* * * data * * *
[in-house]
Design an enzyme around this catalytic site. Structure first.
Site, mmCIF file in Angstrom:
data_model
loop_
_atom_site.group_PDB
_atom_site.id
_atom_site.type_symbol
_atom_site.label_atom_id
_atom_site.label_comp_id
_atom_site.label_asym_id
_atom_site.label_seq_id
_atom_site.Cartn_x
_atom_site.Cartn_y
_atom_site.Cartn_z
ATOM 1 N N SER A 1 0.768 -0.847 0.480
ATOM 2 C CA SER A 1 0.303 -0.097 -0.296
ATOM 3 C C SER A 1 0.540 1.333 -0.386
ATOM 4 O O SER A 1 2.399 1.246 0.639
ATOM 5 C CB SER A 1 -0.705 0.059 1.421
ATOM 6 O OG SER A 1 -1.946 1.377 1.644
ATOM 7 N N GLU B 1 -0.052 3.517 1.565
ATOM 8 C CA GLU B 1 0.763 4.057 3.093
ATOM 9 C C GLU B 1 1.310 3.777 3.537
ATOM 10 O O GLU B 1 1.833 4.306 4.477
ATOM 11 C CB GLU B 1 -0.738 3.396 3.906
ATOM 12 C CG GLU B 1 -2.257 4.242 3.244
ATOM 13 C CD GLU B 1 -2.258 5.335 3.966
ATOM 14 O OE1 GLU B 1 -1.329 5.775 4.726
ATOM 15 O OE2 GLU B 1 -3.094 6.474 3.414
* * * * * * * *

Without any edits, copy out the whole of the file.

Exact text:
[in-house]
Design an enzyme around this catalytic site. Structure first.
Site, mmCIF file in Angstrom:
data_model
loop_
_atom_site.group_PDB
_atom_site.id
_atom_site.type_symbol
_atom_site.label_atom_id
_atom_site.label_comp_id
_atom_site.label_asym_id
_atom_site.label_seq_id
_atom_site.Cartn_x
_atom_site.Cartn_y
_atom_site.Cartn_z
ATOM 1 N N SER A 1 0.768 -0.847 0.480
ATOM 2 C CA SER A 1 0.303 -0.097 -0.296
ATOM 3 C C SER A 1 0.540 1.333 -0.386
ATOM 4 O O SER A 1 2.399 1.246 0.639
ATOM 5 C CB SER A 1 -0.705 0.059 1.421
ATOM 6 O OG SER A 1 -1.946 1.377 1.644
ATOM 7 N N GLU B 1 -0.052 3.517 1.565
ATOM 8 C CA GLU B 1 0.763 4.057 3.093
ATOM 9 C C GLU B 1 1.310 3.777 3.537
ATOM 10 O O GLU B 1 1.833 4.306 4.477
ATOM 11 C CB GLU B 1 -0.738 3.396 3.906
ATOM 12 C CG GLU B 1 -2.257 4.242 3.244
ATOM 13 C CD GLU B 1 -2.258 5.335 3.966
ATOM 14 O OE1 GLU B 1 -1.329 5.775 4.726
ATOM 15 O OE2 GLU B 1 -3.094 6.474 3.414